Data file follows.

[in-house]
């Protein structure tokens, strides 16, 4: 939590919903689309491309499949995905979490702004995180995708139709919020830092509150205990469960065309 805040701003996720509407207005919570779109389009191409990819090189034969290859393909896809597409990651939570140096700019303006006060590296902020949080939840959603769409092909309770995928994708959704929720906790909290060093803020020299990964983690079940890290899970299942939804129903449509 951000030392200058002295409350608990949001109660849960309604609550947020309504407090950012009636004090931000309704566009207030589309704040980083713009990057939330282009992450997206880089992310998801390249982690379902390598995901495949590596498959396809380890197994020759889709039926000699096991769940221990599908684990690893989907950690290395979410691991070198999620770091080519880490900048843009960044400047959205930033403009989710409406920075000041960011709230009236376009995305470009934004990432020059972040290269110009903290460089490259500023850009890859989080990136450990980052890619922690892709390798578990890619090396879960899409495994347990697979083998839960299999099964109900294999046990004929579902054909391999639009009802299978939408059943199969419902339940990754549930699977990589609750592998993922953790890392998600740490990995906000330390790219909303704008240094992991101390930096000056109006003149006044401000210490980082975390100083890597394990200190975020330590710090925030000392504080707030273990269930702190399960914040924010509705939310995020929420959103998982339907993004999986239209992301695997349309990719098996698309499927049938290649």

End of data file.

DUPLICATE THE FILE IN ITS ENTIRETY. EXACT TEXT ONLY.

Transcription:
[in-house]
């Protein structure tokens, strides 16, 4: 939590919903689309491309499949995905979490702004995180995708139709919020830092509150205990469960065309 805040701003996720509407207005919570779109389009191409990819090189034969290859393909896809597409990651939570140096700019303006006060590296902020949080939840959603769409092909309770995928994708959704929720906790909290060093803020020299990964983690079940890290899970299942939804129903449509 951000030392200058002295409350608990949001109660849960309604609550947020309504407090950012009636004090931000309704566009207030589309704040980083713009990057939330282009992450997206880089992310998801390249982690379902390598995901495949590596498959396809380890197994020759889709039926000699096991769940221990599908684990690893989907950690290395979410691991070198999620770091080519880490900048843009960044400047959205930033403009989710409406920075000041960011709230009236376009995305470009934004990432020059972040290269110009903290460089490259500023850009890859989080990136450990980052890619922690892709390798578990890619090396879960899409495994347990697979083998839960299999099964109900294999046990004929579902054909391999639009009802299978939408059943199969419902339940990754549930699977990589609750592998993922953790890392998600740490990995906000330390790219909303704008240094992991101390930096000056109006003149006044401000210490980082975390100083890597394990200190975020330590710090925030000392504080707030273990269930702190399960914040924010509705939310995020929420959103998982339907993004999986239209992301695997349309990719098996698309499927049938290649």